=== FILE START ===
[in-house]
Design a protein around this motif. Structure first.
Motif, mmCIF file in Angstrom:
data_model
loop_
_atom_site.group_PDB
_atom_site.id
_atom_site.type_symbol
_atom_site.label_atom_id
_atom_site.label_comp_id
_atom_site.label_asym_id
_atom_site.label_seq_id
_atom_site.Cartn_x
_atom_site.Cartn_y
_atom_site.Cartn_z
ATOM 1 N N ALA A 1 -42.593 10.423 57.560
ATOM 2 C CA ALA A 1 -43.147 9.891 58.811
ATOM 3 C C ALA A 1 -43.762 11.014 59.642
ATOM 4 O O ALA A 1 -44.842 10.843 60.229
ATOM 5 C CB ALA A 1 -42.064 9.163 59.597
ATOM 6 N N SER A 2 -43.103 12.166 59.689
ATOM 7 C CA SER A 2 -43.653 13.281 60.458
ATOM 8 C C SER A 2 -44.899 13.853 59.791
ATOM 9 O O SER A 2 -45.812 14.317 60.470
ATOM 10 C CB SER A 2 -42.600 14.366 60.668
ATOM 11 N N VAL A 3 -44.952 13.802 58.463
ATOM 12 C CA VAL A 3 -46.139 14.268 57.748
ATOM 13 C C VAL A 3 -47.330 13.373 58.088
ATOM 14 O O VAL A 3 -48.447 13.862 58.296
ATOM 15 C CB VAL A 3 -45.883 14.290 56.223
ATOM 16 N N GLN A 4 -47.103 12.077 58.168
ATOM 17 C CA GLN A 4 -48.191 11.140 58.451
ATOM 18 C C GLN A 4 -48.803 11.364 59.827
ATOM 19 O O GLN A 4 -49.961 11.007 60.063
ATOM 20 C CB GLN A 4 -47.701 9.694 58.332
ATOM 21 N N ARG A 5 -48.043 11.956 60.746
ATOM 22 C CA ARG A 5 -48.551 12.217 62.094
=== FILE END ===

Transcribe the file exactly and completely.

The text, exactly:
[in-house]
Design a protein around this motif. Structure first.
Motif, mmCIF file in Angstrom:
data_model
loop_
_atom_site.group_PDB
_atom_site.id
_atom_site.type_symbol
_atom_site.label_atom_id
_atom_site.label_comp_id
_atom_site.label_asym_id
_atom_site.label_seq_id
_atom_site.Cartn_x
_atom_site.Cartn_y
_atom_site.Cartn_z
ATOM 1 N N ALA A 1 -42.593 10.423 57.560
ATOM 2 C CA ALA A 1 -43.147 9.891 58.811
ATOM 3 C C ALA A 1 -43.762 11.014 59.642
ATOM 4 O O ALA A 1 -44.842 10.843 60.229
ATOM 5 C CB ALA A 1 -42.064 9.163 59.597
ATOM 6 N N SER A 2 -43.103 12.166 59.689
ATOM 7 C CA SER A 2 -43.653 13.281 60.458
ATOM 8 C C SER A 2 -44.899 13.853 59.791
ATOM 9 O O SER A 2 -45.812 14.317 60.470
ATOM 10 C CB SER A 2 -42.600 14.366 60.668
ATOM 11 N N VAL A 3 -44.952 13.802 58.463
ATOM 12 C CA VAL A 3 -46.139 14.268 57.748
ATOM 13 C C VAL A 3 -47.330 13.373 58.088
ATOM 14 O O VAL A 3 -48.447 13.862 58.296
ATOM 15 C CB VAL A 3 -45.883 14.290 56.223
ATOM 16 N N GLN A 4 -47.103 12.077 58.168
ATOM 17 C CA GLN A 4 -48.191 11.140 58.451
ATOM 18 C C GLN A 4 -48.803 11.364 59.827
ATOM 19 O O GLN A 4 -49.961 11.007 60.063
ATOM 20 C CB GLN A 4 -47.701 9.694 58.332
ATOM 21 N N ARG A 5 -48.043 11.956 60.746
ATOM 22 C CA ARG A 5 -48.551 12.217 62.094